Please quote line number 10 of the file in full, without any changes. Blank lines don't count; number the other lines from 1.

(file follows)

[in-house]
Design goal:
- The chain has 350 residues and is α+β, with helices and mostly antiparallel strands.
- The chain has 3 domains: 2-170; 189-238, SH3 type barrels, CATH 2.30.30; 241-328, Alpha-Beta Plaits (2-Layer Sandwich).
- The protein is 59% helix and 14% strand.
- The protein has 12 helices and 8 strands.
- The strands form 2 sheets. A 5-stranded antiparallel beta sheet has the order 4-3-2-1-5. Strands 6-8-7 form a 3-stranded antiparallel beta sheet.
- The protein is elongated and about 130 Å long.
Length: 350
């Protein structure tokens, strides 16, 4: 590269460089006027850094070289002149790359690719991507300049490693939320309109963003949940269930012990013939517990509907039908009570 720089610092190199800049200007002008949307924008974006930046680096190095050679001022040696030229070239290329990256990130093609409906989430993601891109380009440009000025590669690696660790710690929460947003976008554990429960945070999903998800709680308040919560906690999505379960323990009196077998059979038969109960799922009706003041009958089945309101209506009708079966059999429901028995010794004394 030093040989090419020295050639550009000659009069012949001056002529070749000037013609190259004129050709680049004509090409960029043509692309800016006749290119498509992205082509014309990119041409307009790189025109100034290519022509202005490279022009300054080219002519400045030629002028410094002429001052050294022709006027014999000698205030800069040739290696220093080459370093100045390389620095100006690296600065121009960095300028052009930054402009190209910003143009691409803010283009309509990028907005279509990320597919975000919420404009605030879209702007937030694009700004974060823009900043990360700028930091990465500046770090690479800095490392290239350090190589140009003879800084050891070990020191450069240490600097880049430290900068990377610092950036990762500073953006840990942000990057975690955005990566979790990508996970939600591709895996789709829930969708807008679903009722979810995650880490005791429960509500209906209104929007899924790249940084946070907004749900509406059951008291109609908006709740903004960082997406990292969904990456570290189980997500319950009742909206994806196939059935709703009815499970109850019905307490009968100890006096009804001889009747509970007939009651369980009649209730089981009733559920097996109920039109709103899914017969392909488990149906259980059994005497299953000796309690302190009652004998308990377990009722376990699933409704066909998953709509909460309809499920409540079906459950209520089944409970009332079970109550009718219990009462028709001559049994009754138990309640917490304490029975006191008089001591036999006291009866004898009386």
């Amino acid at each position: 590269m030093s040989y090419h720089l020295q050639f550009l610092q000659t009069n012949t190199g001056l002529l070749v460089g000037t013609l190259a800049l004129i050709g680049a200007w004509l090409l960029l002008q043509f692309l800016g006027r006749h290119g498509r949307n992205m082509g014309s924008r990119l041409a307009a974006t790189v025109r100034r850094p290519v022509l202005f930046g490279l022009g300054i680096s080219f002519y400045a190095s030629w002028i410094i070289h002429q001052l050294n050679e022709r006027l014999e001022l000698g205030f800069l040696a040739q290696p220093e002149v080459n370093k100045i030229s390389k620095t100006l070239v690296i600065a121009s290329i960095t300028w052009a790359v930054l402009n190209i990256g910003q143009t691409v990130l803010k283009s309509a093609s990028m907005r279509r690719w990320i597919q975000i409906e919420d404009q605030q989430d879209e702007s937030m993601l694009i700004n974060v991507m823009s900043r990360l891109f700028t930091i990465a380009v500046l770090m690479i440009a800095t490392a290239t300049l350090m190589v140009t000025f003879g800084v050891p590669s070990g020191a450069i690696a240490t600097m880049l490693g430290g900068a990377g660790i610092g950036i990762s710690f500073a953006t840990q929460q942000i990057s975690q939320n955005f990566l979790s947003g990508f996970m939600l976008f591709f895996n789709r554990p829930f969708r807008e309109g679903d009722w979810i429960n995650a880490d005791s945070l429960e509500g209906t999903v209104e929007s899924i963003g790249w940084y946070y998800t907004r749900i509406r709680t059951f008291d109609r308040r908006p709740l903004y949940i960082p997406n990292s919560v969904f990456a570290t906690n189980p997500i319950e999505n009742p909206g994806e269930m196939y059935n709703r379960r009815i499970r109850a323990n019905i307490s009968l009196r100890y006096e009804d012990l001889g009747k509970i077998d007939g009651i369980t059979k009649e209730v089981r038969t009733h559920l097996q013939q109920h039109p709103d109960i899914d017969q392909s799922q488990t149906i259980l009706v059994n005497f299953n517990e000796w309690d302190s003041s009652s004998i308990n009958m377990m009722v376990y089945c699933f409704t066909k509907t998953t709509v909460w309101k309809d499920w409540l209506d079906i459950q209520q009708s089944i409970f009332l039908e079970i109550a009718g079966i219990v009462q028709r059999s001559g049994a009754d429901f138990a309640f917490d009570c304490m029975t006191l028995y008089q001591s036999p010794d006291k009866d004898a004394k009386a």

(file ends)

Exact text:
């Protein structure tokens, strides 16, 4: 590269460089006027850094070289002149790359690719991507300049490693939320309109963003949940269930012990013939517990509907039908009570 720089610092190199800049200007002008949307924008974006930046680096190095050679001022040696030229070239290329990256990130093609409906989430993601891109380009440009000025590669690696660790710690929460947003976008554990429960945070999903998800709680308040919560906690999505379960323990009196077998059979038969109960799922009706003041009958089945309101209506009708079966059999429901028995010794004394 030093040989090419020295050639550009000659009069012949001056002529070749000037013609190259004129050709680049004509090409960029043509692309800016006749290119498509992205082509014309990119041409307009790189025109100034290519022509202005490279022009300054080219002519400045030629002028410094002429001052050294022709006027014999000698205030800069040739290696220093080459370093100045390389620095100006690296600065121009960095300028052009930054402009190209910003143009691409803010283009309509990028907005279509990320597919975000919420404009605030879209702007937030694009700004974060823009900043990360700028930091990465500046770090690479800095490392290239350090190589140009003879800084050891070990020191450069240490600097880049430290900068990377610092950036990762500073953006840990942000990057975690955005990566979790990508996970939600591709895996789709829930969708807008679903009722979810995650880490005791429960509500209906209104929007899924790249940084946070907004749900509406059951008291109609908006709740903004960082997406990292969904990456570290189980997500319950009742909206994806196939059935709703009815499970109850019905307490009968100890006096009804001889009747509970007939009651369980009649209730089981009733559920097996109920039109709103899914017969392909488990149906259980059994005497299953000796309690302190009652004998308990377990009722376990699933409704066909998953709509909460309809499920409540079906459950209520089944409970009332079970109550009718219990009462028709001559049994009754138990309640917490304490029975006191008089001591036999006291009866004898009386």